Canadians and policy makers are seeking to transition to the low-carbon economy and address the challenges of climate change. Canada’s chemistry sector and its highly skilled workers are uniquely positioned to deliver the solutions.
Canada’s chemistry industry is the fourth-largest manufacturing sector in Canada, directly responsible for 87,000 jobs while supporting another 525,000. From building insulation to solar panels, the products that will help move society to a more sustainable future need chemistry. But the industry is also looking internally to reduce its ecological footprint. By implementing best-available technologies, the sector has been able to reduce its greenhouse gas (GHG) emissions by 67 per cent since 1992.
Chemistry enables green technology
In Canada, the building sector is responsible for 40 per cent of GHG. Chemistry products such as insulation, window coatings, reflective roofing and other innovative chemistry-based materials dramatically lower these emissions by reducing heat loss and the demand for cooling.
Reducing GHG in transportation also provides opportunity for innovation. Lighter vehicles, alternative fuels and moving to electric vehicles will depend on advances in materials, fuel and energy storage developed through chemistry.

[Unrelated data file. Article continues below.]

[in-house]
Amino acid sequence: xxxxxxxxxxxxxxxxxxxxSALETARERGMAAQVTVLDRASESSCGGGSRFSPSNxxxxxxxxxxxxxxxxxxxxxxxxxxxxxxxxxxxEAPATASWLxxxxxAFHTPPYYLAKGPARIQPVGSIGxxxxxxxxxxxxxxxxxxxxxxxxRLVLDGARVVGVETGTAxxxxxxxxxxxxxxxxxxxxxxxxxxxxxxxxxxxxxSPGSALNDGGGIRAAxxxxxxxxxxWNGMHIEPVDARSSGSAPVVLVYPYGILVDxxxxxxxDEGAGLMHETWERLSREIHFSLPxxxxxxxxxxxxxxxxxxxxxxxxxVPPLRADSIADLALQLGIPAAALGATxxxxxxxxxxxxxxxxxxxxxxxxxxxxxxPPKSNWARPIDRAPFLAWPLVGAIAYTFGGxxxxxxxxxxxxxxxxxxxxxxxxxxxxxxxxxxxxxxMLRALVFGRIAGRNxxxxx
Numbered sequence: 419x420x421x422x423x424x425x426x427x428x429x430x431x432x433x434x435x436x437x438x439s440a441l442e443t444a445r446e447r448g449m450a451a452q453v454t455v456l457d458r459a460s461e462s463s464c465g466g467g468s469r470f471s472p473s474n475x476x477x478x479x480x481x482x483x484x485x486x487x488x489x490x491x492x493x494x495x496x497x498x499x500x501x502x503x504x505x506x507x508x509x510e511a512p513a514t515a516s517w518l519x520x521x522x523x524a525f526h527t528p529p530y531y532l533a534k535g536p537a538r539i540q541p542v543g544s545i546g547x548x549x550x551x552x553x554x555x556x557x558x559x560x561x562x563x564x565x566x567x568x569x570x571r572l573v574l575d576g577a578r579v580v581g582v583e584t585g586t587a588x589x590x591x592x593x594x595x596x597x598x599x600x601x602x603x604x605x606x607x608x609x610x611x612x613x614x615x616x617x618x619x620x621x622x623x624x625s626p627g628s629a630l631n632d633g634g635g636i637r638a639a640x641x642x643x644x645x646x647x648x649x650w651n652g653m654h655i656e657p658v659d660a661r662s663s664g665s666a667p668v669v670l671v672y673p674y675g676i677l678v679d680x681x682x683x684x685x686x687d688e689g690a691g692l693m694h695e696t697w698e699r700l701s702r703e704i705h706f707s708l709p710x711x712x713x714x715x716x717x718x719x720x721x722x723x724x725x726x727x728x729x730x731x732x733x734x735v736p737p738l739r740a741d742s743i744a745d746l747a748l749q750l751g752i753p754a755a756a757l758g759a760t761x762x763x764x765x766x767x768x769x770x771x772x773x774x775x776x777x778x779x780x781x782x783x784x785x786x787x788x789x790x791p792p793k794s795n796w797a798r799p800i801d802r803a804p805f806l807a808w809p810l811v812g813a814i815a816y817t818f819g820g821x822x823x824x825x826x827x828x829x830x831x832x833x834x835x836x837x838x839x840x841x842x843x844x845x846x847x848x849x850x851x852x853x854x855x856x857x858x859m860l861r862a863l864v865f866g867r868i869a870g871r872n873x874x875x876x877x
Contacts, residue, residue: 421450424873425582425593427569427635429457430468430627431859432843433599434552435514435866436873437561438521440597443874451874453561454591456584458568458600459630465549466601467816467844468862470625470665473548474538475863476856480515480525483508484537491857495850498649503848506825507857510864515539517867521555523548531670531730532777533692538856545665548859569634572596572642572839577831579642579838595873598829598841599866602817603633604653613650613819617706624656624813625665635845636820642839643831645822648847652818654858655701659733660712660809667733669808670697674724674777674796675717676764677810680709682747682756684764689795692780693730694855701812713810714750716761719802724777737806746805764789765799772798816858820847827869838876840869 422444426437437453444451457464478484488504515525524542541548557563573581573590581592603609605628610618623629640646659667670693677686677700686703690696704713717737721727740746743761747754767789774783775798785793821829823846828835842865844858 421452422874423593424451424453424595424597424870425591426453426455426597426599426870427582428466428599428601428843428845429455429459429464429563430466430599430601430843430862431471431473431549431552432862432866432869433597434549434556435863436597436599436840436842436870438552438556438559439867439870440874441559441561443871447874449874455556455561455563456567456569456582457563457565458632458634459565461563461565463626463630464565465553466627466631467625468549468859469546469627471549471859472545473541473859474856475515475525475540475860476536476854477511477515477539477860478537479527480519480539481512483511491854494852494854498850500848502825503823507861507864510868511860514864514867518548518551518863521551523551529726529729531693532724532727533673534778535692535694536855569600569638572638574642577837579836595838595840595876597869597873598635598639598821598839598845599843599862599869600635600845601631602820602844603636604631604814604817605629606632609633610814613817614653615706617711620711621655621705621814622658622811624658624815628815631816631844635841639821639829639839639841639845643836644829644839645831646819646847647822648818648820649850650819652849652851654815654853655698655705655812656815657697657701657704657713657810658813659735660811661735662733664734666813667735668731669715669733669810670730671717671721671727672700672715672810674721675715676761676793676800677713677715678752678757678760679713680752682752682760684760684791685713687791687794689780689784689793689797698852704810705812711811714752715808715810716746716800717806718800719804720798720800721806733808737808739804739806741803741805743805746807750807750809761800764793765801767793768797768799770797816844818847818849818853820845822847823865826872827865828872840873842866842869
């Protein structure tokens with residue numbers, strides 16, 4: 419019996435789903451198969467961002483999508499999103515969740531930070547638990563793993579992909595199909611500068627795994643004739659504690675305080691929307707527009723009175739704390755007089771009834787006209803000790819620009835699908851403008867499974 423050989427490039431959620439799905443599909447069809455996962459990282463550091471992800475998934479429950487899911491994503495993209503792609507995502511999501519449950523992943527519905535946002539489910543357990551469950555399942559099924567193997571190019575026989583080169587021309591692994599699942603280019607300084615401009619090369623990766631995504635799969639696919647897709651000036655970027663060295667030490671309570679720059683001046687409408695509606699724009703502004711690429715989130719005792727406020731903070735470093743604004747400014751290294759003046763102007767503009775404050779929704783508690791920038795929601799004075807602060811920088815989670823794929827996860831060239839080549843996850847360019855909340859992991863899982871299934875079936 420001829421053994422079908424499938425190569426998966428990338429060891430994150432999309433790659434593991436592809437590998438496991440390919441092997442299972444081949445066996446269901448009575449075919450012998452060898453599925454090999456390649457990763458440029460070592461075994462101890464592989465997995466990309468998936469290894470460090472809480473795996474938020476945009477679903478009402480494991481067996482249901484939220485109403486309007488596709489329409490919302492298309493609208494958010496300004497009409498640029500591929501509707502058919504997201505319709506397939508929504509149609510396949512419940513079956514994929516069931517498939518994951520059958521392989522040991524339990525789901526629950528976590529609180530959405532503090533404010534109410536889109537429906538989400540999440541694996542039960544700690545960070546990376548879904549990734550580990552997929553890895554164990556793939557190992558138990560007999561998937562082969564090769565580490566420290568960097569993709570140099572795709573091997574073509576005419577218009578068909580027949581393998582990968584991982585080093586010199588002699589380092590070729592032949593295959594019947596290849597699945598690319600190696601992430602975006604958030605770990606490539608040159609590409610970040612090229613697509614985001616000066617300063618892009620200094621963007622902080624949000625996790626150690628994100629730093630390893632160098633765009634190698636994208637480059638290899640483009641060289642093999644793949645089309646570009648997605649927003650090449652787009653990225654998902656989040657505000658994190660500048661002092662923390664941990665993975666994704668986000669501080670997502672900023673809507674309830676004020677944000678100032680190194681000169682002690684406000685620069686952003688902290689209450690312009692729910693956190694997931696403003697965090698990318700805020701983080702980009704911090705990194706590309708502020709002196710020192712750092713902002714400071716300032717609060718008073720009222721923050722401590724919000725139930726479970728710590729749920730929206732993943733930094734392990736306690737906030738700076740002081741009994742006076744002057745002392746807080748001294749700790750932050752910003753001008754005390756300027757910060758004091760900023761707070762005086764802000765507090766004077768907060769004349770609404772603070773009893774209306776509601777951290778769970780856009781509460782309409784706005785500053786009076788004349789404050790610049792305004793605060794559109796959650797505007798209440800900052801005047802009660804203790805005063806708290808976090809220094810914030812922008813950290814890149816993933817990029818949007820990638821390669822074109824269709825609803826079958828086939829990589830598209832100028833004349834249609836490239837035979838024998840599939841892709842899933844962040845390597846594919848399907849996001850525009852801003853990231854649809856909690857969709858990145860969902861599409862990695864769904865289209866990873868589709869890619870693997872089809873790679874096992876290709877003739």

Chemistry is also a critical part of nearly every renewable power generation source. From the composite materials in wind turbine blades, to solar panels and batteries, chemistry is essential.
Canada’s chemistry sector is moving us to a low carbon future
Canada’s abundant, low-carbon resources, such as natural gas and natural gas liquids, hydroelectricity and biomass, enable chemistry products that are 80 per cent less GHG-intensive than those from some European or Asian markets, which rely on higher-carbon feedstocks such as crude oil or coal.
The Canadian chemistry sector is doing even more to reduce its ecological footprint by implementing green technology at its facilities. Canada’s modern and highly innovative chemistry facilities include continuously upgraded equipment, re-engineered processes and products, and one of the lowest GHG-intensive national electricity grids.
We can do more
With the right policies and support from government, the chemistry sector could attract $25 billion in new investments by 2025. The positive impact of this new investment will not only spur economic growth and drive innovation — it will leverage the already considerable contribution that the Canadian chemistry sector makes in meeting rapidly growing global market demand for chemicals with the lowest carbon production available.
Read more in our report Chemistry: Essential to Canada’s Transition to a Low-Carbon Energy Future at canadianchemistry.ca
Shannon Watt is the Director of Environment and Health Policy at the Chemistry Industry Association of Canada (CIAC).
Contributed to the Sixth Estate – The views and opinions expressed in this article are those of the authors and do not necessarily reflect the official policy or position of the Sixth Estate.